Wednesday, May 30, 2007

To Translate or not to Translate, that is the Question

If you have taught ESL for any length of time you have probably seen some very interesting translations, or perhaps you have tried to make sense of some instructions for some kind of electronics you may have purchased. That is a real challenge. One reason that I enjoy teaching younger students is that they learn a new language in much the same way that they learn their first language. If a student writes in their first language and tries to translate it into English it surely will be a mangle of bad grammar, word order and vocabulary. Some languages follow similar word order and sentence structure, others do not resemble English, so I always recommend that students do not translate writing from their first language. When a student writes in English they can usually produce a far superior piece of writing. This idea is also true in the oral area of language acquisition. Chinese is quite "flowery" and I'm sure it possesses a very poetic nature, but it just does not translate well without high level skills. So you must insist that the student write from what they know in English.

This brings me to another point that I feel is critical to the development of the students language skills. Many students want to be placed in the more advanced classes, before they have really mastered the basics in the beginning levels. This is really a big mistake. Surely, it is easy to understand that they want to attain higher levels but moving into the more advanced classes is sure to stunt their growth. They frequently cannot comment on the lesson or the concepts. Here in China this is especially true because the system of education does not foster that kind of critical thinking. It does not mean they cannot think for themselves, it only means they are unaccustomed to extrapolating information and forming an opinion, since most of their classes have only one point of view, the teachers. So it is often quite difficult to start or maintain any discussions that require personal opinions. The culture promotes a certain don't talk don't tell attitude. This is quite normal considering the history of free expression. It is not that they can't it just is drilled into them socially. This is changing somewhat as information and ideas flow into their world via the net and other sources. There is a new generation of students who have access to a more worldly view. A few years ago it was practically unheard of to have a student disagree with a teacher. This old view of education, the Greek idea of a discussion between the teacher and the student perhaps is making a comeback. It will certainly be a challenge to the teachers in China as they will have to reeducate themselves in how to teach in this way.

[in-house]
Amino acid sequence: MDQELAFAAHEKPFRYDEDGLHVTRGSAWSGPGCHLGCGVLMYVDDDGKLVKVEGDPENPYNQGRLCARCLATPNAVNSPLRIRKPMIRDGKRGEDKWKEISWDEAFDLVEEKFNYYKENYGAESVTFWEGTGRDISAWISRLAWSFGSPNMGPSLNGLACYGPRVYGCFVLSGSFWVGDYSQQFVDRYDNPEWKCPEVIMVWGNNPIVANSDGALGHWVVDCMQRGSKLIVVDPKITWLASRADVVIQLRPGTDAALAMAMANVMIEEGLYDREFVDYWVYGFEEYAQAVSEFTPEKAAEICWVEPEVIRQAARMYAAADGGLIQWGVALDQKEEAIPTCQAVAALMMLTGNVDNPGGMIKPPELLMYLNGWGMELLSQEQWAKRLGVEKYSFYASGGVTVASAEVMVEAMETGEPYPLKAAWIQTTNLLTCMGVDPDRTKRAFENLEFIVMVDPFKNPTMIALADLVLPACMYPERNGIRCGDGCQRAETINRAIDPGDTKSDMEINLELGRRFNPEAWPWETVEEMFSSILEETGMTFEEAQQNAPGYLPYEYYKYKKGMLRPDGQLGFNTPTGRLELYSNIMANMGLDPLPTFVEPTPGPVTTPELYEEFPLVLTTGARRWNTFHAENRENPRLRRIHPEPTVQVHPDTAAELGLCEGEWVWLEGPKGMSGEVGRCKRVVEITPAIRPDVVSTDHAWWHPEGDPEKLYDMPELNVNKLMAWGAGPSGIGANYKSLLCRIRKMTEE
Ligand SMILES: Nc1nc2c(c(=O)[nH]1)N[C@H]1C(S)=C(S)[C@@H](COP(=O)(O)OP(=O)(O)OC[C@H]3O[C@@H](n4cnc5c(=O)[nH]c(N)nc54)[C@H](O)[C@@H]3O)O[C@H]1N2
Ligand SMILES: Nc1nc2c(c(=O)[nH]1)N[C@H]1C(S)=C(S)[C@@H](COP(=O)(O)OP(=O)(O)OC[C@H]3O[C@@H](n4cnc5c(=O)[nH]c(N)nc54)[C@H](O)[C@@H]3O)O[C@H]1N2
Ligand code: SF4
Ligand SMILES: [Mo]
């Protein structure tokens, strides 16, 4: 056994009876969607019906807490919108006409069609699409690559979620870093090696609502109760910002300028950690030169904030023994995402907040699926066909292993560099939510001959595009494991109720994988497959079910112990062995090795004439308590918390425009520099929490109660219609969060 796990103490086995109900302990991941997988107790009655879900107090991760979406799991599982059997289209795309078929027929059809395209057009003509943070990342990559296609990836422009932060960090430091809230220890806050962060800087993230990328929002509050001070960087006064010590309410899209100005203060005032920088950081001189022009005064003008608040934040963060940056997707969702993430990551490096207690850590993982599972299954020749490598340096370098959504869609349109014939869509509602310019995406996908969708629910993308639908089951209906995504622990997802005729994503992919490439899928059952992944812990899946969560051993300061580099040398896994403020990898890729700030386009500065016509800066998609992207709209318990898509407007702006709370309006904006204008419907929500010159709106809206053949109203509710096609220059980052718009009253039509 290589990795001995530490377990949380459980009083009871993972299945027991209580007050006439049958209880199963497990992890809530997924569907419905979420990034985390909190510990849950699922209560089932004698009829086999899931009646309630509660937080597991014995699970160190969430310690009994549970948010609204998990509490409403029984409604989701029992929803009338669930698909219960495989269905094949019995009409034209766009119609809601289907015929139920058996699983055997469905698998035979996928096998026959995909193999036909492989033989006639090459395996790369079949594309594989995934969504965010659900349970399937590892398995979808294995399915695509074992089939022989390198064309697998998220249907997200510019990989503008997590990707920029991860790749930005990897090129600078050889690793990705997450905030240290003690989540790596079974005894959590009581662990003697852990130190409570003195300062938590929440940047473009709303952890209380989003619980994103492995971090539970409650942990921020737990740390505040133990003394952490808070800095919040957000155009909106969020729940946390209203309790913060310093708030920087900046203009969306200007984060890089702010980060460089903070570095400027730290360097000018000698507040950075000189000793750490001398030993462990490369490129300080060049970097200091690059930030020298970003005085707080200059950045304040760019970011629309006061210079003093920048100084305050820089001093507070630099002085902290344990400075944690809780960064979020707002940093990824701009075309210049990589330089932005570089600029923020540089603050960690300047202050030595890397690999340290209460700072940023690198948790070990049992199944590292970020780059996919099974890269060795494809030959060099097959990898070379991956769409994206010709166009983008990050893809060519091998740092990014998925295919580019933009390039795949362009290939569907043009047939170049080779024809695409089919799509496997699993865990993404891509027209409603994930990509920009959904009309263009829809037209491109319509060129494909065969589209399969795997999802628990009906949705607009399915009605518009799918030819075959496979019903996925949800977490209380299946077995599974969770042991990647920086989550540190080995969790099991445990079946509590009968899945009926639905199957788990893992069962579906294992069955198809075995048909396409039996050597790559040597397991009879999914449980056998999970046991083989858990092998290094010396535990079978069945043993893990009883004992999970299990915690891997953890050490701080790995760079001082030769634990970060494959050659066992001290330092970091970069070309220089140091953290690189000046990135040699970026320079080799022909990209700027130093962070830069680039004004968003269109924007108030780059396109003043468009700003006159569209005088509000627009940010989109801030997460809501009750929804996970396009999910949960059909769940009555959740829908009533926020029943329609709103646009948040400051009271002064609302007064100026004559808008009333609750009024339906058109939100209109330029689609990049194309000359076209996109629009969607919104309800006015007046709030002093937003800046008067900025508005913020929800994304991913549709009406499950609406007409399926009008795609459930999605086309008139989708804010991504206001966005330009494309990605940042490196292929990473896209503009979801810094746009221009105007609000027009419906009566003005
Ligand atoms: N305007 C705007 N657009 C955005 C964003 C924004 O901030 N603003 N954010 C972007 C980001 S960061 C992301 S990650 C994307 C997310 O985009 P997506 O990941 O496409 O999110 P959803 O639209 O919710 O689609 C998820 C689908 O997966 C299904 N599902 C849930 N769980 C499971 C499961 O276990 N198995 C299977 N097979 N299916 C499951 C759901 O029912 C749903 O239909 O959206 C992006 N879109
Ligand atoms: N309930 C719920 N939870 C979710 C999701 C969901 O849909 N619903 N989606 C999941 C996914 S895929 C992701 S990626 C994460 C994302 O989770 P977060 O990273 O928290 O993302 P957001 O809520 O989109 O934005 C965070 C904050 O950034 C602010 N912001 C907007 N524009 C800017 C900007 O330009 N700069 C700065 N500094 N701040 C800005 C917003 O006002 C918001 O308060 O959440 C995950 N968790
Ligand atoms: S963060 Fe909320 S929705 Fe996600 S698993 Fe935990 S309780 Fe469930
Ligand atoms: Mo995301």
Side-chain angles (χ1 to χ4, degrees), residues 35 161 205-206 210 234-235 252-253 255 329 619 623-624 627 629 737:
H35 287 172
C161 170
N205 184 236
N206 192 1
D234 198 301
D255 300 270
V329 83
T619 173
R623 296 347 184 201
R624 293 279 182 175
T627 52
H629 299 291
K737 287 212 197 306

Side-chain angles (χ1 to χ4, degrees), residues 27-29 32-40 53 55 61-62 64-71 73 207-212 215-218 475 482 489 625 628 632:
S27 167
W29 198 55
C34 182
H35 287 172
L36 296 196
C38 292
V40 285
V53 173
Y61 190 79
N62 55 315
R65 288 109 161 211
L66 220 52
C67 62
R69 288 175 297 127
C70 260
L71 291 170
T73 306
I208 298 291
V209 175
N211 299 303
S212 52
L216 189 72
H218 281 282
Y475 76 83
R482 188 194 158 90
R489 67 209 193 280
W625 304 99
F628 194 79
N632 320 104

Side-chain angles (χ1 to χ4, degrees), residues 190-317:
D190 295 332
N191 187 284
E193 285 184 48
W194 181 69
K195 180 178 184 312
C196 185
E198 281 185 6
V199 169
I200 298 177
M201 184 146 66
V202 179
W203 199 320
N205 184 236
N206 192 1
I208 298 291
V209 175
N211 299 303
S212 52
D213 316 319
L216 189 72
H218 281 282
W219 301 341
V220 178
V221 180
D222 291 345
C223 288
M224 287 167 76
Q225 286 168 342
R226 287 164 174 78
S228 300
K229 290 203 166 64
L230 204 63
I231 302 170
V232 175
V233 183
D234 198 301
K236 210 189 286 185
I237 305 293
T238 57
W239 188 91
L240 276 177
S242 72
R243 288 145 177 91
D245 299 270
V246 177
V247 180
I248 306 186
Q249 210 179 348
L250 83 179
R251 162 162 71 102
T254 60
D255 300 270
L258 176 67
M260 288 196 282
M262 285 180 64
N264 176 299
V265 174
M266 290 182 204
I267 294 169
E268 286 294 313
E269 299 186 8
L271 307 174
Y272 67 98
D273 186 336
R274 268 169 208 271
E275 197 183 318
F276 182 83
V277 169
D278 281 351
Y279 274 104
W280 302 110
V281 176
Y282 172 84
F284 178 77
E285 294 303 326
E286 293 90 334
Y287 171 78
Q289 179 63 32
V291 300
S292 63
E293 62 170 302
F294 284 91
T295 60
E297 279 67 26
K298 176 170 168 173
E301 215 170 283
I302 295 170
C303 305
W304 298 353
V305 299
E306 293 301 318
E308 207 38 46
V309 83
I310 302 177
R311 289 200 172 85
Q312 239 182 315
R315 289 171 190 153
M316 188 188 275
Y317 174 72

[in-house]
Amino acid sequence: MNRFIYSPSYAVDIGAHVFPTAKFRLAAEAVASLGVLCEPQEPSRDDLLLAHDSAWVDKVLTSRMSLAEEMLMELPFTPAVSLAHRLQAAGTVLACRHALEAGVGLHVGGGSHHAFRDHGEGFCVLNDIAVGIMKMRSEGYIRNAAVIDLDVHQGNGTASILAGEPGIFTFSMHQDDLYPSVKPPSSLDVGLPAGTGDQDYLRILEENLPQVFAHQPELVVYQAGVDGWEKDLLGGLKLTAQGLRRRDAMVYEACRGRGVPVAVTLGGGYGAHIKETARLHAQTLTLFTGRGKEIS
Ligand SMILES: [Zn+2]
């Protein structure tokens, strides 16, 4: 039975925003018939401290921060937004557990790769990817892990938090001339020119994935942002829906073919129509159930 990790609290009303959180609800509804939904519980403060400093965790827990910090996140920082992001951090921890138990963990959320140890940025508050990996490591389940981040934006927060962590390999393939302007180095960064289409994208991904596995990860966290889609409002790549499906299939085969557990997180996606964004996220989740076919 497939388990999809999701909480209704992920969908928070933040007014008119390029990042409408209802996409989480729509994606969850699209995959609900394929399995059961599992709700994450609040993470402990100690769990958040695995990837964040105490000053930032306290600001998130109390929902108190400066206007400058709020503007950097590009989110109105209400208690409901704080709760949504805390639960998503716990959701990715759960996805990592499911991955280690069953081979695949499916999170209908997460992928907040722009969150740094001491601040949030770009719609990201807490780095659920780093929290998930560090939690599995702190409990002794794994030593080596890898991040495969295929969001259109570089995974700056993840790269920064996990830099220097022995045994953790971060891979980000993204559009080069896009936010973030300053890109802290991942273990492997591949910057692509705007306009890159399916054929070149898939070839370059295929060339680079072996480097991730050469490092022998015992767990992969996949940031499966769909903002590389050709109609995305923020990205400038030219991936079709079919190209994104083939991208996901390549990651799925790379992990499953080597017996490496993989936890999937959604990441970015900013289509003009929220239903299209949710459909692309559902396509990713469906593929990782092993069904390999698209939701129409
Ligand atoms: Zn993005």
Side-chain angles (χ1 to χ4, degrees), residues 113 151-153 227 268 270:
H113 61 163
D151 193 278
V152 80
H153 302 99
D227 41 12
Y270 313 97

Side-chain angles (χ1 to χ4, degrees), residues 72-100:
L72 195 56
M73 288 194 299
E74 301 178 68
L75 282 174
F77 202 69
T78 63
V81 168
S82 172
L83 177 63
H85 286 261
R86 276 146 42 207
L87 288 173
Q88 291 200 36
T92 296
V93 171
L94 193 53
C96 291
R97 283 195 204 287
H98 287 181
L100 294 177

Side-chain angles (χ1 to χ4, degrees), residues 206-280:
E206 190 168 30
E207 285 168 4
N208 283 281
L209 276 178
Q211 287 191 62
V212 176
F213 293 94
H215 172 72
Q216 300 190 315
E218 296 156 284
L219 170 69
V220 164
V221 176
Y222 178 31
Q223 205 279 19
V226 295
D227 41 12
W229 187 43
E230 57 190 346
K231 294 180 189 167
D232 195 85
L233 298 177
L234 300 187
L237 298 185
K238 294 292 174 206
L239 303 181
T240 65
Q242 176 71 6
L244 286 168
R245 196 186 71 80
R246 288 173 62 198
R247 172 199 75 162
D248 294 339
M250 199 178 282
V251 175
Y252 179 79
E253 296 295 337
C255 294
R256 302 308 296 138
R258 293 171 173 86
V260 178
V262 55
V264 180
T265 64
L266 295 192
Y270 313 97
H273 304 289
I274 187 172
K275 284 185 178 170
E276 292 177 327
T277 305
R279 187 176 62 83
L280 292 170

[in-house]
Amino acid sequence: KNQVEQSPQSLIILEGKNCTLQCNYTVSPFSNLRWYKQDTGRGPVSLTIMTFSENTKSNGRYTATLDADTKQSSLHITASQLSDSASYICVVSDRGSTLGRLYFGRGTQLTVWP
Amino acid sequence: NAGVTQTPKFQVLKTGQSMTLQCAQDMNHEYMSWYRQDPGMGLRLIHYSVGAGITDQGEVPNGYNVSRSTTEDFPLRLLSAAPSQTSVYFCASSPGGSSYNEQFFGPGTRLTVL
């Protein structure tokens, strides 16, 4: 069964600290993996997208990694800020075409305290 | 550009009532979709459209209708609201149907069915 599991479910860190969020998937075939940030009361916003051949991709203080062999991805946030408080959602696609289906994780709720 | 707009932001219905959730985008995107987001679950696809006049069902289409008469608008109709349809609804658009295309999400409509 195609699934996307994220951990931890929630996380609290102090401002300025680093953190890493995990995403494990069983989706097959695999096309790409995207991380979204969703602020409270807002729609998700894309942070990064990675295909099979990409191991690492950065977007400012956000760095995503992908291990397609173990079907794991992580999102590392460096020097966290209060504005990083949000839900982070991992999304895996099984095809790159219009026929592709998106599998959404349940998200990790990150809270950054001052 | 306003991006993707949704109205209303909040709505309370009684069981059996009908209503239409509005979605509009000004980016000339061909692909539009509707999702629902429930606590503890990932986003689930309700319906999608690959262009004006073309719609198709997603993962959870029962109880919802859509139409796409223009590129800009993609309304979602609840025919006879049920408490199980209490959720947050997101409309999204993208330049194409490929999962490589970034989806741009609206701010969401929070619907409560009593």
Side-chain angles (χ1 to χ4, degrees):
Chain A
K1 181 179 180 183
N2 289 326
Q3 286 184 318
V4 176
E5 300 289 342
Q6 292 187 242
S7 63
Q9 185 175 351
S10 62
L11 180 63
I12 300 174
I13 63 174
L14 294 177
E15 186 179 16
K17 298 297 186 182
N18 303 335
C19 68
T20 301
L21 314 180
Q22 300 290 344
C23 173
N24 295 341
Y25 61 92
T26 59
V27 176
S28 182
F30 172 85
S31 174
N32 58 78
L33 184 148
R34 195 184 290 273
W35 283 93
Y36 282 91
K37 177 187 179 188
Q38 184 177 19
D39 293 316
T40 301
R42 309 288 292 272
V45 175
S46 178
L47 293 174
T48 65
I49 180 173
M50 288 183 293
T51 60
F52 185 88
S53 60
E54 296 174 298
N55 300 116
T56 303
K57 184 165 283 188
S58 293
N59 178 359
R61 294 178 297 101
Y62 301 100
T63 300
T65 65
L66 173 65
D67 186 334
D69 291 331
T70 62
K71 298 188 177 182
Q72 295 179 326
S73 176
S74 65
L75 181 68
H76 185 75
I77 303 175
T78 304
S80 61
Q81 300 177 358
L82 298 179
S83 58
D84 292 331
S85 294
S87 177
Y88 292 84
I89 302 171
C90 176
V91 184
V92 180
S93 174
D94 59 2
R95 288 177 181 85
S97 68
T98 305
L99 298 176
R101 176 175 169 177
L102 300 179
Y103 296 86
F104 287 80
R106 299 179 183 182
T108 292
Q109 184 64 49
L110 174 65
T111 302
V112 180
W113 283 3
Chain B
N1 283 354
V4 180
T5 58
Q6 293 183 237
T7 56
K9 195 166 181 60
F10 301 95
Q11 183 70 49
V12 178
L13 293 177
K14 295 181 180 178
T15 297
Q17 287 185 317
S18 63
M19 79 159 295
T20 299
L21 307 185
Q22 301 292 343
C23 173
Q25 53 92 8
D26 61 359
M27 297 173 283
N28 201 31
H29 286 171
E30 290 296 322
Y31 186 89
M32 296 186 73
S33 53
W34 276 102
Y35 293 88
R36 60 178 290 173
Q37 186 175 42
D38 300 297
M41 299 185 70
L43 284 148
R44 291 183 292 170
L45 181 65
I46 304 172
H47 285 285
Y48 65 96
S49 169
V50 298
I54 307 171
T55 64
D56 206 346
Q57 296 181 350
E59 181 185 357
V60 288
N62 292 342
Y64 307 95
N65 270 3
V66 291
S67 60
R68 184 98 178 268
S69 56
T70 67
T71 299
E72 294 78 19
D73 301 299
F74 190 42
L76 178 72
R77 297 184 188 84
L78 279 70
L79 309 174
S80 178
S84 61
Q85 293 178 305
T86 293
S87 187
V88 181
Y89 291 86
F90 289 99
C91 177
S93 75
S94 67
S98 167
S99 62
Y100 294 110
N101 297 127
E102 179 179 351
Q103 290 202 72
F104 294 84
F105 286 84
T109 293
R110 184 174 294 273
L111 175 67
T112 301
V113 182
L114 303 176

So don't be tempted to place students in higher level classes before they have mastered the easy classes, translate only for vocabulary, and conduct your classes in a way that creates a never ending flow between the text and speaking about it out of the book and your students will begin to think in English and develop good grammar. If you get them at a young age the will be learning in a similar way that students learn in their first language, which translates to accelerated learning.

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worldtour aka Larry Rhoe

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At 11:15 PM, Anonymous boncuman said...



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